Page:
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Compress'd the flothful Naiad of the fens.
From such a mixture sprung, this fitful pest
With fev'rish blasts subdues the fick’ning land,
Cold tremors come, and mighty love of reft;
Convulsive yawnings, lassitude, and pains
That fting the burden'd brows, fatigue the loins,
And rack the joints, and every torpid limb;
Then parching heat succeeds, till copious sweats
O'erflow: a short relief from former ills.
Beneath repeated shocks the wretches pine ;
The vigor finks, the habit melts away ;
The chearful, pure, and animated bloom
Dies from the face, with squalid atrophy
Devour'd, in sallow melancholy clad.
And oft the forc'ress, in her fated wrath,
Resigns them to the furies of her train ;
The bloated Hydrops, and the yellow fiend
Ting'd with her own accumulated gall.

In quest of fites, avoid the mournfal plain,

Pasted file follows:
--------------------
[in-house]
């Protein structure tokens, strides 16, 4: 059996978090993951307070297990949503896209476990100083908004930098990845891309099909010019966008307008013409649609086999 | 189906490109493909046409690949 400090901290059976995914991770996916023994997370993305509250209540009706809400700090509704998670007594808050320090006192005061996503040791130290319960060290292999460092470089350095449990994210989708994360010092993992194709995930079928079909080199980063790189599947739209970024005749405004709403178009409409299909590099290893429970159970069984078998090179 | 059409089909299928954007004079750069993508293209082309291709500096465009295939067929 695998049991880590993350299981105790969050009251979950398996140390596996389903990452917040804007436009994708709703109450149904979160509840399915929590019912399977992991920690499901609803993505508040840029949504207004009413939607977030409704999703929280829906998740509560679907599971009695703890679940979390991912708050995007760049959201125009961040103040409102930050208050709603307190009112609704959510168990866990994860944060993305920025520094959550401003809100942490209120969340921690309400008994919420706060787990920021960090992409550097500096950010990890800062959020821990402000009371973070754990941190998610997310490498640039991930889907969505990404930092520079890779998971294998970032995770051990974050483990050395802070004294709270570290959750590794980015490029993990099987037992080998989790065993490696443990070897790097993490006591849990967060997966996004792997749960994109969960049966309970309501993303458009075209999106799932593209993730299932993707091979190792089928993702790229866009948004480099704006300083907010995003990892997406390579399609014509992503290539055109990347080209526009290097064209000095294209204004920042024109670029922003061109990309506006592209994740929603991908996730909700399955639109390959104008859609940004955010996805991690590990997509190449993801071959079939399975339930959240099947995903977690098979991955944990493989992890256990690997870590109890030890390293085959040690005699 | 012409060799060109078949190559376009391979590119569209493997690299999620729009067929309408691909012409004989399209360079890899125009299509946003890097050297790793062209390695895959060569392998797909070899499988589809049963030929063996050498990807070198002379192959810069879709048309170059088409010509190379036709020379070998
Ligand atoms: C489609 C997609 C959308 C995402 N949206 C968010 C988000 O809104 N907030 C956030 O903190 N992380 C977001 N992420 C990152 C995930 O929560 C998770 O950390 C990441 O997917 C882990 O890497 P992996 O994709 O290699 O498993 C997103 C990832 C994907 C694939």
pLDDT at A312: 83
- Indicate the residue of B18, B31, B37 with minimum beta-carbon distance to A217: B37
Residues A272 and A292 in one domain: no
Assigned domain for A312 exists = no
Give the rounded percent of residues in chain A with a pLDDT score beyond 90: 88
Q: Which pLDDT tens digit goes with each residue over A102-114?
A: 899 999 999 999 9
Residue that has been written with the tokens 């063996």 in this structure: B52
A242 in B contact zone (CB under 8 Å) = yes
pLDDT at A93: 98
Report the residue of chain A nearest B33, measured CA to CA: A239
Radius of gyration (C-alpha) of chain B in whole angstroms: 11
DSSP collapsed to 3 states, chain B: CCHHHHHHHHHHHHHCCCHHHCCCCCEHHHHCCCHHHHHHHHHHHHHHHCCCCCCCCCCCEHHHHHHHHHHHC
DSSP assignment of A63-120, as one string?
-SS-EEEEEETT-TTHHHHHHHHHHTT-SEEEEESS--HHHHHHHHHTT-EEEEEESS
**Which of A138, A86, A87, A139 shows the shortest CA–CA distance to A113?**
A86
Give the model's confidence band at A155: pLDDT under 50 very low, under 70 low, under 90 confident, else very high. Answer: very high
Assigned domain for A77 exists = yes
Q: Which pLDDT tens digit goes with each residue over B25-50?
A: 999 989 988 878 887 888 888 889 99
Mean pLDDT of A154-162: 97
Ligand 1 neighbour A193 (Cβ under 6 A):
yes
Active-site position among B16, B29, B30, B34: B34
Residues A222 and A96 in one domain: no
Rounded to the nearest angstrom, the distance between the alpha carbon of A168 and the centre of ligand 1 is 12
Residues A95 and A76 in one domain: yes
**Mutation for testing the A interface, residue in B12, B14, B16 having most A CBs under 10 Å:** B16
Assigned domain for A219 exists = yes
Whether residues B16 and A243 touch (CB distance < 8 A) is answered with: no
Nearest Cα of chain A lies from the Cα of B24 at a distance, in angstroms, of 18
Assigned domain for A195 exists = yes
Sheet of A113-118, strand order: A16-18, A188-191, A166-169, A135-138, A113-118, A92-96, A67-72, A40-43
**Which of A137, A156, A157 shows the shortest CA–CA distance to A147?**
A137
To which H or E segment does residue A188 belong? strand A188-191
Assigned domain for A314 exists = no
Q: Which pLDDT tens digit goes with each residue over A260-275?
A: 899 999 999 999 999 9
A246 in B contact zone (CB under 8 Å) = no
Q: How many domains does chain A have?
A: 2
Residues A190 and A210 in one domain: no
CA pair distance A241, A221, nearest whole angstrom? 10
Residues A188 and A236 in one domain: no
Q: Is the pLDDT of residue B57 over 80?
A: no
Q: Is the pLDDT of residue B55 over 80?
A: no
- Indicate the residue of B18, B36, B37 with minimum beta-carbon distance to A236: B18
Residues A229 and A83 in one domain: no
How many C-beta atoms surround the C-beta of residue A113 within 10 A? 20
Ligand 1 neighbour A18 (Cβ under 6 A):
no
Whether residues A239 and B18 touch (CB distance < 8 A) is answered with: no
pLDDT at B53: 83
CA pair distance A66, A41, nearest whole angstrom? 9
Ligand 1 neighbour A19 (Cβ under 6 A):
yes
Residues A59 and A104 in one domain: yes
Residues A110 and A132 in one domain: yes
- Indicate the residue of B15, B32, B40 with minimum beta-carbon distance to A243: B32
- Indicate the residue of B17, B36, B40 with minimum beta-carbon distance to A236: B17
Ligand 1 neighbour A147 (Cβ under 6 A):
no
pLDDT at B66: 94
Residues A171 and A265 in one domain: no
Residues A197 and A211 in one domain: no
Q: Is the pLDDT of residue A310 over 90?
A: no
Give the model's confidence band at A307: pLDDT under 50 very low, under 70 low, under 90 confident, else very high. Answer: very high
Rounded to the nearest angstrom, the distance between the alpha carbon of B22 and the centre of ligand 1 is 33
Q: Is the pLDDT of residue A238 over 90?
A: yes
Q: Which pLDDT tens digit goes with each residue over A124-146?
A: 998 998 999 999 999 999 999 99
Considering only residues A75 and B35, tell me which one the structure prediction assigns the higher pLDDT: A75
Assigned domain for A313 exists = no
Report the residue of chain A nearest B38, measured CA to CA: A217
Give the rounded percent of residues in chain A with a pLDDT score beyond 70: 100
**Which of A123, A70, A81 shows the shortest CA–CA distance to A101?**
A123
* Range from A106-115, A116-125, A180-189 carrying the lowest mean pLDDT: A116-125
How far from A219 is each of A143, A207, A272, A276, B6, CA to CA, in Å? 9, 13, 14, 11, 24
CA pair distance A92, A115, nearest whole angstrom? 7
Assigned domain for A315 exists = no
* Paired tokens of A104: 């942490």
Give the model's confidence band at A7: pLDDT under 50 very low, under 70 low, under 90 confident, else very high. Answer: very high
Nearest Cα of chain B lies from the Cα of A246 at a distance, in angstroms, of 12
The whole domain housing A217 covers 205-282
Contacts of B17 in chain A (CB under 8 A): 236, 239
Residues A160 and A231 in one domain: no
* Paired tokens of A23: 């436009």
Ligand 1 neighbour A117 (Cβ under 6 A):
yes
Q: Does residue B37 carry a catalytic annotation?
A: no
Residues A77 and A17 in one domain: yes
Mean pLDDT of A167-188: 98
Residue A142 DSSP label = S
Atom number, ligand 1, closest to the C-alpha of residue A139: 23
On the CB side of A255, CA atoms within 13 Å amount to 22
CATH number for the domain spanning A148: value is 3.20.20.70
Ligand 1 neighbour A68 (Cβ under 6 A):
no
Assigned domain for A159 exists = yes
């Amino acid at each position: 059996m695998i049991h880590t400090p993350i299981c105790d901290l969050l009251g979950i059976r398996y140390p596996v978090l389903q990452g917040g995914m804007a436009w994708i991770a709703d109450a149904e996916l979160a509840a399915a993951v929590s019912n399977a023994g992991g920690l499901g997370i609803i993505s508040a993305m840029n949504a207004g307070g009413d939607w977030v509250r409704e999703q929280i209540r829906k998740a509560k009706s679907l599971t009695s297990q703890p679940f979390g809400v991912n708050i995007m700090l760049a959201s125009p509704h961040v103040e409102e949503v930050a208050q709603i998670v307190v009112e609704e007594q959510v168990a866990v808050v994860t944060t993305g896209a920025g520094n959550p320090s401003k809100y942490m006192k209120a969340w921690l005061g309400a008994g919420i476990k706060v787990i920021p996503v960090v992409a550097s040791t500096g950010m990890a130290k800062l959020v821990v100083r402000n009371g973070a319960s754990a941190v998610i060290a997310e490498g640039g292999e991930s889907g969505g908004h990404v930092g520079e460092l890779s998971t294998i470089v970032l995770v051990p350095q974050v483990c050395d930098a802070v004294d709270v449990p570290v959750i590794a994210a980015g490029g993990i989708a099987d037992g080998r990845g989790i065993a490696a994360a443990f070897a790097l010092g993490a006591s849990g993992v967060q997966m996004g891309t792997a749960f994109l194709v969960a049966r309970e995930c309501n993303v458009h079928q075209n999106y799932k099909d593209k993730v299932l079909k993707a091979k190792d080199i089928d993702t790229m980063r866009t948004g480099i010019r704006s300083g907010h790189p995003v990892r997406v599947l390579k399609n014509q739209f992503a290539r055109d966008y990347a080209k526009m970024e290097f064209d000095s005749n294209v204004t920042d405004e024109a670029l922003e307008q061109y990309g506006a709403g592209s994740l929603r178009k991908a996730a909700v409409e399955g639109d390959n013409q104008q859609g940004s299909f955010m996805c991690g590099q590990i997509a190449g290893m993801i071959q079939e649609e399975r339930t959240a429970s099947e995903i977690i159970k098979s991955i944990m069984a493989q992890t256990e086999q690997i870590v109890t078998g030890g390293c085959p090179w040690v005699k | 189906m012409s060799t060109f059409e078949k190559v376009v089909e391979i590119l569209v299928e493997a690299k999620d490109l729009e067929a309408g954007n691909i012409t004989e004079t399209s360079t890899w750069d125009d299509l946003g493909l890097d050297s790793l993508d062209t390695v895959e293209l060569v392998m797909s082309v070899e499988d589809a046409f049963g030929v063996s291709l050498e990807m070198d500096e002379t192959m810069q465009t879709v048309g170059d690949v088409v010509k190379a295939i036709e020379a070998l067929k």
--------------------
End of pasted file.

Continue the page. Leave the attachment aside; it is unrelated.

Where osiers thrive, and trees that love the lake ;.
Where many lazy muddy rivers flow :
Nor for the wealth that all the Indies roll
Fix near the marshy margin of the main.
For from the humid foil and watry rain
Eternal vapours rise ; the spongy air
For ever weeps ; or turgid with the weight
Of waters, pours a sounding deluge down.
Skies such as these, let ev'ry mortal shun,
Who dreads the dropsy, palsy, or the gout,
Tertian, corrosive scurvy, or moist catarrh
Or any other injury that grows
From raw. Spun fibres idle and unstrung,
Skin ill-perspiring, and the purple food
In languid eddies loit'ring into phlegm.

Yet not alone from humid kies we pine ; For air may be too dry. The fubtle heaven, That winnows into duft the blafted downs, Bare and extended wide without a stream, Too fast imbibes th'attenuated lymph Which by the surface, from the blood exhales. The lungs grow rigid, and with toil essay Their flexible vibrations ; or inflam'd,

Their tender ever-moving structure thaws,
Spoild of its limpid vehicle, the blood
A mass of lees remains, a drofsy tide
That slow as Lethe wanders thro' the veins :
Unactive in the services of life,
Unfit to lead its pitchy current thro'
The secret mazy channels of the brain.
The melancholy fiend, (that worst despair
Of phyfic) hence the ruit-complexion d man
Pursues, whose blood is dry, whose fibres gaio